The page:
Merchant accounts come in all different types, but one specific determinant to pay especially close attention to is card-present (retail) and card-not-present accounts (internet). A card-present account means that both the customer and their credit card are present at the time of the transaction, like any standard swipes done at a mall department store. A card-not-present account means neither card nor person are present at the time of transaction, like doing holiday shopping on Amazon.com. Obviously card-not-present accounts retain a higher risk, thus higher fees and stricter rules. However, if you are a business involved in a large number of both types of transactions, you must inform your processor about it. They’ll then suggest that you open both a retail and internet merchant account. A large number of card-not-present transactions on a card-present account, or vice versa, can result in a hold or termination of your account.

Minimize fraud.
Any other sort of processing behavior your provider deems as suspicious will result in an account hold. In our modern digital age, identity theft has become the fastest growing crime. Credit card fraud runs rampant, so providers monitor their clients transactions for any signs of fishy behavior. If fraud is suspected, your account will be frozen pending an investigation.

There are dozens of fraud prevention tools and services out there. Both Visa (Verified by Visa) and MasterCard (SecureCode) have come up with great fraud fighting tools that can be used by any merchant, starting today.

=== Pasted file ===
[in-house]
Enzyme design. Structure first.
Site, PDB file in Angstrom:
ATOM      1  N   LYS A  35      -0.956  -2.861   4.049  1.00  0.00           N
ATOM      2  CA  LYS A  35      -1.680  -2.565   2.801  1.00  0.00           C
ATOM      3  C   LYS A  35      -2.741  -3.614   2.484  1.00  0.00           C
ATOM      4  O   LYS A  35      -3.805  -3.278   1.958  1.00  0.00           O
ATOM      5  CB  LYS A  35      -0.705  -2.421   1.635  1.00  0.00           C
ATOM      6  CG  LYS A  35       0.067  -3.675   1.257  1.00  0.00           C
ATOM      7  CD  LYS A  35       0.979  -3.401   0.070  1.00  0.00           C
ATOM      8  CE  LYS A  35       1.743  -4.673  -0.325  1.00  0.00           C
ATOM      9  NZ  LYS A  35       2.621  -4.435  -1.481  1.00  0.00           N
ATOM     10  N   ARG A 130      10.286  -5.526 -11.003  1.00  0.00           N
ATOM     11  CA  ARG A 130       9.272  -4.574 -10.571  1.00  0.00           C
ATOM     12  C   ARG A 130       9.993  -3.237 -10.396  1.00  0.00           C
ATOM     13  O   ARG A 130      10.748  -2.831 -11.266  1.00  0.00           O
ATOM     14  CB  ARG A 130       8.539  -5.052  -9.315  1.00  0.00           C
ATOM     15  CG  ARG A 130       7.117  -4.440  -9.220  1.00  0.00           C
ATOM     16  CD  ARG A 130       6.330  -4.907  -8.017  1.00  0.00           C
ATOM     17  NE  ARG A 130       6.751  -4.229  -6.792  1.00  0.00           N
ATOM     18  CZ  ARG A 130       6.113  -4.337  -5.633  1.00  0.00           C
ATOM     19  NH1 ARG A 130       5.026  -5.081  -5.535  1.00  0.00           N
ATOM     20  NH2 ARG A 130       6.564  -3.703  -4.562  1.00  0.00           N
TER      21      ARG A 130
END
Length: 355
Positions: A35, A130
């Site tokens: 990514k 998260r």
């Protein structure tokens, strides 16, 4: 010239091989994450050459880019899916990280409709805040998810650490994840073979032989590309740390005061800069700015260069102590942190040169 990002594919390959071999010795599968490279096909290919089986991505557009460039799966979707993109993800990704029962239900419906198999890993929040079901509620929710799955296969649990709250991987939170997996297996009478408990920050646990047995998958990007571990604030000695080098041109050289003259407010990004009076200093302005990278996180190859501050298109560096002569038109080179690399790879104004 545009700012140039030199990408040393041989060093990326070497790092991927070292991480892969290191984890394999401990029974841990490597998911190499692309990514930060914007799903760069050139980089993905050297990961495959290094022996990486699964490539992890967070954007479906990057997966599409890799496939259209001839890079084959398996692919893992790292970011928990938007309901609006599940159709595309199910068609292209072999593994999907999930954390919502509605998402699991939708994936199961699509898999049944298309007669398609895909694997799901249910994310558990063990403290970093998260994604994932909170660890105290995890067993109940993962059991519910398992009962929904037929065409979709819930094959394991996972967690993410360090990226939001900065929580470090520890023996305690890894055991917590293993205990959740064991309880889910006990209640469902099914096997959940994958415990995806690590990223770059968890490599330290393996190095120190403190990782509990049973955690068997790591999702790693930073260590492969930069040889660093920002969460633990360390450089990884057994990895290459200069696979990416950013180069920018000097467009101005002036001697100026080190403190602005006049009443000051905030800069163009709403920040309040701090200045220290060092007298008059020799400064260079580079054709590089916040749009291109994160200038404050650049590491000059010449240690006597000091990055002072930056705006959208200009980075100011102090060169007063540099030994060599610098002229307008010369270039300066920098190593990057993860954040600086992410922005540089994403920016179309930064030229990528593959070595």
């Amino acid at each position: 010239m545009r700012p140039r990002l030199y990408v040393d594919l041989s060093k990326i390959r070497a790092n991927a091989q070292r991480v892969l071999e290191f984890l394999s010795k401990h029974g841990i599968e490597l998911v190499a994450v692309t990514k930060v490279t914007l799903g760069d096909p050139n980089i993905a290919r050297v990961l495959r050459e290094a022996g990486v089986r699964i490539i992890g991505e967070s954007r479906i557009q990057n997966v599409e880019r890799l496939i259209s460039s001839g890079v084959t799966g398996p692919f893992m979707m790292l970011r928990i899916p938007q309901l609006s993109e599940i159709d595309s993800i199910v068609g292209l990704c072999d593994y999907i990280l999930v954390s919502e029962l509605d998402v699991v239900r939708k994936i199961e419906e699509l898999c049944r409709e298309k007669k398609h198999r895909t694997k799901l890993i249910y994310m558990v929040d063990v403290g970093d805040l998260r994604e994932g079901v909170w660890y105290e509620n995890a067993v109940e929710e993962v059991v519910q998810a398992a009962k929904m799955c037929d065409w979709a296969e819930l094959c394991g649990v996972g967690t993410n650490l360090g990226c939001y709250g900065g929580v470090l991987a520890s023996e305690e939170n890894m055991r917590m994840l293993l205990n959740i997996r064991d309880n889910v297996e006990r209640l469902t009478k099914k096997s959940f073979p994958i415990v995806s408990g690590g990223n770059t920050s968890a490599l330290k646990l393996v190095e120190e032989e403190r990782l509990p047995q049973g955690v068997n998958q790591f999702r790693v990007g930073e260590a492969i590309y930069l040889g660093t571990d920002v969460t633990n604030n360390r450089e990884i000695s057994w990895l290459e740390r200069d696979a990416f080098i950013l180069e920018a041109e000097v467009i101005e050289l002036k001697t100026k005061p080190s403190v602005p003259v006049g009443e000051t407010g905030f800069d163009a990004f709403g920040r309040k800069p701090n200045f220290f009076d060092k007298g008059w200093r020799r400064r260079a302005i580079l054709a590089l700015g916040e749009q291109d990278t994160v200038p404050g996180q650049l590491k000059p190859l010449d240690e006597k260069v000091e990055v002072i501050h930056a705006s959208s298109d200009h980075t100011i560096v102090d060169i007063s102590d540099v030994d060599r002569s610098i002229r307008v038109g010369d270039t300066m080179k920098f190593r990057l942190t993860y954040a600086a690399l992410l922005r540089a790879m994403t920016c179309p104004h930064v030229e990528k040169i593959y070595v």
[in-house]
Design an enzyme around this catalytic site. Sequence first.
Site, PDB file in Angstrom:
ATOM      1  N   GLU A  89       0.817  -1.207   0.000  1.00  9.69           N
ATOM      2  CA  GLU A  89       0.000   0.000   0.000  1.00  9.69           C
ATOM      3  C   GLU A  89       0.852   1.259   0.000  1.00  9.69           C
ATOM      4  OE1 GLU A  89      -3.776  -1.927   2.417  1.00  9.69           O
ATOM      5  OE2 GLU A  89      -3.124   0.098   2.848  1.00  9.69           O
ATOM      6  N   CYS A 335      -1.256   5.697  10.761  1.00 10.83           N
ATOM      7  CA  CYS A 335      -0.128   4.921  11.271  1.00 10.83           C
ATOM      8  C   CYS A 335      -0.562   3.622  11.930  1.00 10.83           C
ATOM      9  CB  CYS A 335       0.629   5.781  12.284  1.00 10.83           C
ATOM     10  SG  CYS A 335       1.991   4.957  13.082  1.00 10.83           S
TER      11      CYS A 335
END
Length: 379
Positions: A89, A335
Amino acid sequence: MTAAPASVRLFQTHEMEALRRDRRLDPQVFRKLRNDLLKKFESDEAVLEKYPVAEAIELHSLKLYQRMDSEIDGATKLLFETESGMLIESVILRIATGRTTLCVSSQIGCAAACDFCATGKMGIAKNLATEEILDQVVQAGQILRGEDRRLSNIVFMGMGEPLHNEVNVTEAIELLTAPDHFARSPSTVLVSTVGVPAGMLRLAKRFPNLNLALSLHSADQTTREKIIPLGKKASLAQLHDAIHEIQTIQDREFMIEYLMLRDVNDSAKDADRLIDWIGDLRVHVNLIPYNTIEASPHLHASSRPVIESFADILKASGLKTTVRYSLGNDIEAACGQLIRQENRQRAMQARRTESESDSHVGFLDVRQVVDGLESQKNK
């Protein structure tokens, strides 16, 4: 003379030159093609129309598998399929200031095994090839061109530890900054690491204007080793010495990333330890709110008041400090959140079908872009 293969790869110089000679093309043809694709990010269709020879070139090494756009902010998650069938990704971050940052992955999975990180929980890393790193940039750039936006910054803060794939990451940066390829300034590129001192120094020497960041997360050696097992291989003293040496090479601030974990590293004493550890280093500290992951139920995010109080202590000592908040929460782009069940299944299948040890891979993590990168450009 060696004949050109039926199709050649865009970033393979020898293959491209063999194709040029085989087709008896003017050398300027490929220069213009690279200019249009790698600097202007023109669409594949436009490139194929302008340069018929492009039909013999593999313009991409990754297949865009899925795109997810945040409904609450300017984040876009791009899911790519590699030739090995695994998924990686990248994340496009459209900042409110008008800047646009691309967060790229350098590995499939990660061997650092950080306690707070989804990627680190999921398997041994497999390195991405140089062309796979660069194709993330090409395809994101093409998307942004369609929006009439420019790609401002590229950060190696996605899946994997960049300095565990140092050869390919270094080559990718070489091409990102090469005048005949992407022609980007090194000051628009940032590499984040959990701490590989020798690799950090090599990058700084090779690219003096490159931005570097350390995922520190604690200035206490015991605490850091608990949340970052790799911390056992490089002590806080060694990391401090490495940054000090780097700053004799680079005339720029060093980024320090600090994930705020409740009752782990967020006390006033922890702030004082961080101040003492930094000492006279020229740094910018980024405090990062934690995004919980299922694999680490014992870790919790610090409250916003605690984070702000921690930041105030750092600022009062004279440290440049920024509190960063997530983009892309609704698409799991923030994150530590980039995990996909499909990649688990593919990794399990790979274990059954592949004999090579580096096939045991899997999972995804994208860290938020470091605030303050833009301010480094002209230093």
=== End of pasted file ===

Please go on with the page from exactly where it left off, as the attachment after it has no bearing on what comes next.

Conclusion

As a merchant, you will only notice a freeze or hold once a customer tries to swipe their credit card to start a transaction and it does not go through, or by reviewing your checking ledger and not seeing anymore deposits coming through.

So, once you are held, then what?

Well, unfortunately you’re pretty much powerless. You must simply let the process run its course. Every hold incites an investigation, which results in either a release of funds OR termination of the account depending on if you are found at fault or innocent.

Whatever the result of the investigation, avoiding a hold is your primary defense. Besides bringing your business to a standstill, frozen accounts can look bad on your business record, preventing other providers from wanting to do business with you in the future, and making it harder to get a merchant account elsewhere.

Although the system of checks and balances is put in place to protect both merchants and customers, the system is not foolproof, and often times innocent merchants get flagged. In these cases, it’s best to have a backup account already instituted to continue day-to-day business, until the investigation is completed and you are absolved of all suspicions.